"Sharon Horvath: Small Myriad" Reviewed in Art Spiel

Sharon Horvath, Horse Head Nebula, 2014-2023, Pigment, polymer and photo collage on canvas, 72 x 48 inches. (BP#SH-9119)

Small Myriad: Sharon Horvath at Bookstein Projects

by Etty Yaniv | February 7, 2024

Sharon Horvath’s paintings in Small Myriad, her current exhibition at Bookstein Projects, create a sense of an alluring universe where dazzling colors, interflowing shapes, and tactile surfaces merge, meander, and as a group form an enigmatic universe unified by a mysterious code. Horvath’s spiraling lines and patterned forms create ebbing and flowing movements echoing Theodor Schwenk’s anthroposophical approach to the unifying principle of all movement and form. In his book Sensitive Chaos: The Creation of Flowing Forms in Water and Air, Schwenk posits that water movements reveal fundamental, archetypal patterns in natural and human-made environments. This deeper order finds resonance in Horvath’s paintings, but simultaneously, her imagery and use of collage also lean toward the enigmatic, paradoxical, and absurd.

Hilma af Klint, medieval cosmic charts, abstracted illuminated manuscripts, and some of Romare Bearden’s dynamic collages come to mind, only to dissolve upon closer inspection of the paintings, where I discover amidst complex and meticulously intertwined details recognizable images and materials from everyday life—a deer, a car, a cupcake, a woman’s shoe, a plastic cap. Benjamin Degen’s observation in the exhibition text captures this duality beautifully: “Is it a manifestation of the sacred geometry of the universe, or a piece of plastic packing material? I see that it is both and rejoice in the realization that my kitchen recycling bin is filled with sacred presence.”

The paintings are magnificent, each engaging me with its unique enigma. I am particularly drawn to Horse Head Nebula (2014-2023) and Horse of Orange; interestingly, both feature an equine element. The former might reference the nebula in the constellation Orion, resembling a horse’s head silhouette against glowing red lines. These bold linear strokes cascading from the painting’s sides remind me of early Japanese Hell images, and at the same time, they could also be seen as the horse’s hair. At the center, sandwiched between the red fury, a solid, white-contoured equine shape leads the eye upward, and the eruption of psychedelic spirals is remarkable.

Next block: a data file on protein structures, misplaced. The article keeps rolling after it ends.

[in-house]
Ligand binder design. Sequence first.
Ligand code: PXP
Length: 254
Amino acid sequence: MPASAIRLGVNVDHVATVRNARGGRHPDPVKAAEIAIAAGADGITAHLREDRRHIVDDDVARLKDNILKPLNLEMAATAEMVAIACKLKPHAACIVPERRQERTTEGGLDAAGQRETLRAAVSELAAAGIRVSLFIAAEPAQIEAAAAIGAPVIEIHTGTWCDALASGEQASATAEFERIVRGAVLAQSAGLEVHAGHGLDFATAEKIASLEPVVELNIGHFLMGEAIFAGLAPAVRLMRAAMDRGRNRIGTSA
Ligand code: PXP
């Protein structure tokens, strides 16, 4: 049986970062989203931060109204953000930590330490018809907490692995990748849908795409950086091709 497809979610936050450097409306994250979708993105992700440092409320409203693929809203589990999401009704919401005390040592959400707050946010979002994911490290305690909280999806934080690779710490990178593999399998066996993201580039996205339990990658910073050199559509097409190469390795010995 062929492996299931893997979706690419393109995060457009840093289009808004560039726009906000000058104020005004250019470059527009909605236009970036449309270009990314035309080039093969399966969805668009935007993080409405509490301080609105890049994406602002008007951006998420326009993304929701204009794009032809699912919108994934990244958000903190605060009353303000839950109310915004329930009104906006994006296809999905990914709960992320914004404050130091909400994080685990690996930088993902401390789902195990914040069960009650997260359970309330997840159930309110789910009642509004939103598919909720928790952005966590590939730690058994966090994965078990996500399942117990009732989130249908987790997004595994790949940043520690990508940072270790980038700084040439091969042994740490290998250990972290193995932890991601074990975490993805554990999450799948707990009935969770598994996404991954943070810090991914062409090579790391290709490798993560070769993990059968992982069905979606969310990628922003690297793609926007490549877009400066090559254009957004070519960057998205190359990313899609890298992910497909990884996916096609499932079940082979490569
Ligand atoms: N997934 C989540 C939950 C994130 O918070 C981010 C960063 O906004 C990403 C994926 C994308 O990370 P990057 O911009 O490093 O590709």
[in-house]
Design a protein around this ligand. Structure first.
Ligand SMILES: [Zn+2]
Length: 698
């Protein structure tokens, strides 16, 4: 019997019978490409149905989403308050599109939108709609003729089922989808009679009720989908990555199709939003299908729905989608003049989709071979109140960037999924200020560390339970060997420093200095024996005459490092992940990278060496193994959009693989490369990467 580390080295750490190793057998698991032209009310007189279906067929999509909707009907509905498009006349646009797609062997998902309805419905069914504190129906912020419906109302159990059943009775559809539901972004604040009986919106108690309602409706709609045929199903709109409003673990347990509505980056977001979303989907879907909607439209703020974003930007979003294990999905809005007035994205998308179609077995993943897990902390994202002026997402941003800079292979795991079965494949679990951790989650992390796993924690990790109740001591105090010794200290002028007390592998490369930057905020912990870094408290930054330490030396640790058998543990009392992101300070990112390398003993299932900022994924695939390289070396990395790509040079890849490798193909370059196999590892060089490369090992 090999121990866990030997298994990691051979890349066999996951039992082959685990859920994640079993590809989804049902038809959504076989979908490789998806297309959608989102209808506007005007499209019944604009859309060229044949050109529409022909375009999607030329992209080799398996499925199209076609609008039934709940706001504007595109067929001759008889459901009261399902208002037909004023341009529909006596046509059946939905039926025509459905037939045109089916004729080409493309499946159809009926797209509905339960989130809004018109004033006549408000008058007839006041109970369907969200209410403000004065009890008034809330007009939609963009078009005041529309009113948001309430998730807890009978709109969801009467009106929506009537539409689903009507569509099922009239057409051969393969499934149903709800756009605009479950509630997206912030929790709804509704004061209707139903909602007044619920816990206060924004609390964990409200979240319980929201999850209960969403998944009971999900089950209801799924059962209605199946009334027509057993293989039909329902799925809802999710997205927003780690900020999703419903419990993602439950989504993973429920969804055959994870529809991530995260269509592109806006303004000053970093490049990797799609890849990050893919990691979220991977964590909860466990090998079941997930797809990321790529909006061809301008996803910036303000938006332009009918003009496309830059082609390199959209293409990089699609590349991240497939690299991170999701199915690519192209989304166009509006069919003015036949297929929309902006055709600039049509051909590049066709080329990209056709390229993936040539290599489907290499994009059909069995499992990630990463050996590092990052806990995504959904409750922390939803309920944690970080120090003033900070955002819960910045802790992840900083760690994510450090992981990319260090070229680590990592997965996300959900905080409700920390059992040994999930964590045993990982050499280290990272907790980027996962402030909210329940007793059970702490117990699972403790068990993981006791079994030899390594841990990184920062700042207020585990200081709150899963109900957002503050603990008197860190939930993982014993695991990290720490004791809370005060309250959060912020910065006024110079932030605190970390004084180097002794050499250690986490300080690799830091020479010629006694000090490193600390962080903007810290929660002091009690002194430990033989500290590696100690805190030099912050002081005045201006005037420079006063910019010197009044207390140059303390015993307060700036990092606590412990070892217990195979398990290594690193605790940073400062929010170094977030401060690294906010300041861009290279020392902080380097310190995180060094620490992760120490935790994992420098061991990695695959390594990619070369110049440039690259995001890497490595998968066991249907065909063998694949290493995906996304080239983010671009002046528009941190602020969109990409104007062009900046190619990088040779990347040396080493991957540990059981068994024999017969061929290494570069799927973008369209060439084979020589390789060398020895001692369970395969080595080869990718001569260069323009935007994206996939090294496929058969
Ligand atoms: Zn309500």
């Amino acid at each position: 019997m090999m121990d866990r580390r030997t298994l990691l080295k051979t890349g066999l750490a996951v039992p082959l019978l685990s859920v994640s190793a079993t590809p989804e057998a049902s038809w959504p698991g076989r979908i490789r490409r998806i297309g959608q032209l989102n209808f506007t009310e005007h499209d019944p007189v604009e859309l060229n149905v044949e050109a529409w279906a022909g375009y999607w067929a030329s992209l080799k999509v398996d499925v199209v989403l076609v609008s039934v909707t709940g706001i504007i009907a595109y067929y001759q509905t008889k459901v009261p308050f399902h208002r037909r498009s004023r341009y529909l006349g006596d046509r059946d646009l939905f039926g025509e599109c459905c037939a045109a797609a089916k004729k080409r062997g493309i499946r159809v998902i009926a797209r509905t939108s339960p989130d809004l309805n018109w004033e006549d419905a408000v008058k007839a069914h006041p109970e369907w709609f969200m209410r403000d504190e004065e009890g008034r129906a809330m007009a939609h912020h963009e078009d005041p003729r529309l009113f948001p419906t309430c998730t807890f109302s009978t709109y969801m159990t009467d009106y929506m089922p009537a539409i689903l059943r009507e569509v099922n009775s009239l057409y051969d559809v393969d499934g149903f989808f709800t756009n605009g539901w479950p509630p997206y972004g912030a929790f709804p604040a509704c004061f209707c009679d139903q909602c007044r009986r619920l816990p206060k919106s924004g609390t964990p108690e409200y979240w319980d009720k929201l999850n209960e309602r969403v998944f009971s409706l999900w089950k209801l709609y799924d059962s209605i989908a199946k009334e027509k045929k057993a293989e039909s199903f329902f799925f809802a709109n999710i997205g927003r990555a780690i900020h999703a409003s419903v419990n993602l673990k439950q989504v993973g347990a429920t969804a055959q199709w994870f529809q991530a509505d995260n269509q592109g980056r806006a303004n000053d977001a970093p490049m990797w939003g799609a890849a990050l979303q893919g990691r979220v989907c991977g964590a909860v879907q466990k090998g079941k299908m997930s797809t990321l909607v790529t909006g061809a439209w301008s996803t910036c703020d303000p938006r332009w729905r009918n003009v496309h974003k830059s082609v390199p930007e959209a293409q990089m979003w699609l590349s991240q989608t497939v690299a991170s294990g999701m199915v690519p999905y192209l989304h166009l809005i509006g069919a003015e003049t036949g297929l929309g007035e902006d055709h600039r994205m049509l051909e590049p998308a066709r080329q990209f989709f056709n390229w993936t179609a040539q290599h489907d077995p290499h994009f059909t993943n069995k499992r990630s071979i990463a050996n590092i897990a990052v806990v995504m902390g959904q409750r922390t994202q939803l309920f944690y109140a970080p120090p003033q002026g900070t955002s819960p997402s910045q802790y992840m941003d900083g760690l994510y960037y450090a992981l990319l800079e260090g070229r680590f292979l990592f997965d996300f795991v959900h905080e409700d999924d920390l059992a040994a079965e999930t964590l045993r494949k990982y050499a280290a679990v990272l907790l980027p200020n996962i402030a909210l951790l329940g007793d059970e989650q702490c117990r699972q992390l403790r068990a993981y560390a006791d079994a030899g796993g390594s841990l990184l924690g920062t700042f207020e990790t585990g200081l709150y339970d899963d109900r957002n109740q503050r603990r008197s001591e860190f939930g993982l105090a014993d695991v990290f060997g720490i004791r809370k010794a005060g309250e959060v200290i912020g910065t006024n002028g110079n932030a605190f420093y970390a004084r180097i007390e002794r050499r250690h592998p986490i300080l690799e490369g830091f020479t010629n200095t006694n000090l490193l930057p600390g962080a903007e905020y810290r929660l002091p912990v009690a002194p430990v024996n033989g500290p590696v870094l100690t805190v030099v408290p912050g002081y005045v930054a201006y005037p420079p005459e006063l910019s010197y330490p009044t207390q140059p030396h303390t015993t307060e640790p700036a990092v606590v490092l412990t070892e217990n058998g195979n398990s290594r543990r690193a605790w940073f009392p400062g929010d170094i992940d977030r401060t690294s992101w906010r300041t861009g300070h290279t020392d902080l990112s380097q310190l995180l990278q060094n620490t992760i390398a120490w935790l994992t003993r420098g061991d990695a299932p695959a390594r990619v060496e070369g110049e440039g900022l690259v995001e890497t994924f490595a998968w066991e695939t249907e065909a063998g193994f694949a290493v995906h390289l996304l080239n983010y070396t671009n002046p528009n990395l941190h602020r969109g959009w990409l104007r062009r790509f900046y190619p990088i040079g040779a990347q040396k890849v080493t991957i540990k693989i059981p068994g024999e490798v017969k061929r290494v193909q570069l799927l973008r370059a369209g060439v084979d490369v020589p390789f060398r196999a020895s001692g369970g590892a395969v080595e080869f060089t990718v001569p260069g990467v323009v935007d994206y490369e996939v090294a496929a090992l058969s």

The world within this horsehead shape draws me in with its exquisite details—a sphere abstracted in blue, purple, and yellow, leading to geometric forms resembling a child’s game, a woman’s foot in a golden loose-strapped shoe, and a figure holding a canopy of grapes or olives, suggesting some ancient ritual.

Above the intertwined body parts with swarming fish, houses, and flowers, a deer gazes into the abyss, its blazing orange-red horns leading my eyes upwards, culminating in twirling spheres with buildings, text, and shapes, altogether floating within dazzling colors. The core of this vivid horse nebula is contained and seems to be moving vertically within the contour. Only at the top does it erupt and spiral, fusing with the swirling red on both sides.

Horse of Orange could have been a close-up within the previous nebula, where a space vehicle—a vast horse machine in vibrant orange—is depicted in front of a cosmic horizon, hinting at a civilization beyond as seen through the windows and all around. It is an image of an excursion to an odd terrain where a collaged astronaut from what could be a television screenshot spacewalks on top of this disorienting mechanical horse.

The body of work in the show spans the last ten years, during which Horvath transported her pieces between her Brooklyn Navy Yard studio since 2002 and her barn studio in the Catskill Mountains. The shifts between these landscapes and paces may influence Horvath’s pictorial world, possibly reflecting the unifying forces of impermanence, visual paradox, and woven space. Horvath’s process, using plastic packaging and glassware as palettes for mixing Guerra pigment and polymer, then incorporating these elements into her canvases, embodies the “small myriad” theme of finding the cosmic in the everyday. Horvath says, “I place these obstacles in the path until they are subsumed and become part of a composition where everything is in the right place.” Sensitive Chaos, indeed.

Sharon Horvath: Small Myriad at Bookstein Projects
January 11 – February 23, 2024; Mon- Fri 11:00 to 6:00